When the Dow Jones Industrial Average plunged 387 points on August 9th following the disclosure that turmoil in U.S. mortgage and securities market had prompted a credit squeeze at one of France’s biggest banks, retiring boomers who have nest eggs heavily invested in equities might well have questioned whether carefully prepared plans for drawing down those assets needed to be revisited.

The issue is no small matter. A prolonged bear market, say experts, could wreak havoc with boomers’ retirement funds absent appropriate adjustments to distributions to cushion the shock of the downturn. A chief reason is the timing of returns: Two portfolios that yield the same total return over a 20-year period and that are drawn down at the same annual rate can yield widely varying results because of the differences in the sequence of returns from year to year.

“Most people don’t realize the tremendous impact of the timing of returns when they’re doing withdrawals,” says Michelle Hoesly, a chartered financial consultant and principal of Resource 1, Norfolk, Va. “If bad returns happen during the first 5 years of distribution, many times there is no way for the client recover. But if poor returns come later in the distribution phase, then the client is in a better position financially.”

Hoesly calls to mind a hypothetical client who starts with a $1 million retirement account invested in the S&P 500 Index, drawing $75,000 against the account during the first year and increasing withdrawals each subsequent year to adjust for inflation. When the portfolio returns are negative at the start of retirement and positive during the final years, the client runs out of money during the 17th year. When the sequence is reversed, the client enjoys an ending balance of nearly $5 million–even though the total returns for the two portfolios are identical.

To guard against the first scenario, Hoesly suggests that advisors counsel boomer clients to adjust distributions in tandem with swings in portfolio returns. When returns are down, clients should “put distributions on a diet;” when returns are strong, they may allow themselves “a cost-of-living raise.” Hoesly observes that if the client who starts with negative returns in the above example were to reduce distributions by 3% during the first 5 years and take a 3% COLA increase during the last 5 years, he or she would complete the 20th year of retirement with a $1 million balance–the same amount as at the start.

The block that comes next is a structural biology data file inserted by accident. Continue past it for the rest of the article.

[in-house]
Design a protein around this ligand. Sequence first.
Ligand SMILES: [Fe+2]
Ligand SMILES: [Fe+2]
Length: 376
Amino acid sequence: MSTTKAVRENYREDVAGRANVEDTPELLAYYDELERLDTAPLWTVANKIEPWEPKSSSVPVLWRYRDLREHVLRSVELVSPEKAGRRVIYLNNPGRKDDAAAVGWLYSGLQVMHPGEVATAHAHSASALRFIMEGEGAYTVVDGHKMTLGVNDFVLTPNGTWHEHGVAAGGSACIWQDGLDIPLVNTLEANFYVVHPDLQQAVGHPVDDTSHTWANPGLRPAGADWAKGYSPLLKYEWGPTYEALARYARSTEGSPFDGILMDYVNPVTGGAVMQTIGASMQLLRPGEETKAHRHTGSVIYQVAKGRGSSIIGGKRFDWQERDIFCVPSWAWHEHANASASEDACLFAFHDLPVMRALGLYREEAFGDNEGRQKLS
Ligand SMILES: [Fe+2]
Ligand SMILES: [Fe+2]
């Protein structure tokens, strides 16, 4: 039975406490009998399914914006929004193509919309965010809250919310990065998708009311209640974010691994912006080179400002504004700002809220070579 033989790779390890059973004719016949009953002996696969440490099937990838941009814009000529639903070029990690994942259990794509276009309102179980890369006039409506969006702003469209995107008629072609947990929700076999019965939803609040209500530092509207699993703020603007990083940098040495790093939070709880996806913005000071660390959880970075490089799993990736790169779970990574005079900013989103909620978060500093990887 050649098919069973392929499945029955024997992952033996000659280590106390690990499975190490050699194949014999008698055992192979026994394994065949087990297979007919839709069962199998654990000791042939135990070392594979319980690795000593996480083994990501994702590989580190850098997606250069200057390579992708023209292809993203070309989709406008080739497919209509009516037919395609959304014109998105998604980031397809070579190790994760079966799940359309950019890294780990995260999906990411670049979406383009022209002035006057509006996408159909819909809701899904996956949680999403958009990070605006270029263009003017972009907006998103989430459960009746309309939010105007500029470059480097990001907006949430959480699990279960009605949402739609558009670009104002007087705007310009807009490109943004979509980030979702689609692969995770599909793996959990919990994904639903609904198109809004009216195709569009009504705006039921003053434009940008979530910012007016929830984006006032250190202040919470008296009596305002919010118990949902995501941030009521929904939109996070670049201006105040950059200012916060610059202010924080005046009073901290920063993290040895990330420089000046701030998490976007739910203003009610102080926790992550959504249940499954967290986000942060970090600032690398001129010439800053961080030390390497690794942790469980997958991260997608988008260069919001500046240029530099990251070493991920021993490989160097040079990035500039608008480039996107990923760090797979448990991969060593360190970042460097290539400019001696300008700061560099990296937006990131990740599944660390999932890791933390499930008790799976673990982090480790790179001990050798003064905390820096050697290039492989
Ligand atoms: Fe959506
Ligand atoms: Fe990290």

Life insurance and other financial services companies should consider revising their products to allow (per the client’s written approval) for automated adjustments to distributions from clients’ retirement accounts, Hoesly adds. But not all advisors support this approach.

“I don’t think it’s a good idea,” says Robin Tull, a principal and president of Tull Financial Group, Chesapeake, Va. “You can add anything onto a policy–usually at extra cost. But advisors like myself are here to map out life’s journey and make adjustments along the way. That’s what we get paid for.”

Tull agrees, however, that flexibility needs to be built into the retirement plan, both to accommodate retirees’ changing income needs (younger retirees tend to spend more on such things as travel than those who are more advanced in years) and to account for the different times when retirees tap sources of retirement income (e.g., Social Security at age 62, the corporate pension at age 65 and an IRA at 70 1/2 ).

Tull adds that income planning also must factor in the tax implications of withdrawals. Boomer retirees can best leverage their nest eggs, he says, by first drawing down non-qualified money that has already been taxed (e.g., mutual funds), deferring distributions from qualified accounts (such as IRAs, 401(k)s or qualified annuities) for the later years.

Sharon Allen, a certified financial planner and president of Sterling Wealth Management, Champaign, Ill., says the timing of portfolio returns relative to distributions is not so great a concern for her affluent clients, in part because their asset levels are high enough to absorb gyrations in the equities markets without requiring an adjustment to distributions.

But she does counsel clients during down markets to rebalance their equities portfolios by selling (and thus reducing as a percentage of the portfolio allocation) fixed income assets, using the cash from the sale to purchase low-priced stocks. Conversely, during market rises, she will often recommend that clients sell certain equities to offset market gains and capital gains tax.

For Todd Rustman, a principal and president of GR Capital Asset Management, Newport Beach, Calif., the way to insulate clients from market downturns–and obviate the need for adjustments to income distributions–is to subdivide the client’s portfolio into 5-year “tranches.”

So, for example, the first 5 years of income would be drawn from fixed income assets comprising CDs, bonds and/or fixed annuities. Funds slated for years 6 through 10 would include mostly fixed income assets, but also a “smattering” of equities, thus allowing for greater potential growth of principal before the assets are transitioned to an entirely fixed income portfolio during the distribution phase. Longer-term distributions–years 11-15 and 16-20–would contain progressively more equities relative to fixed income assets.

“This strategy allows clients both to control their exposure to the equities market and draw down assets at a constant rate,” says Rustman. “Basically, we’re able to recreate what clients got when they were working, which is a paycheck every month.”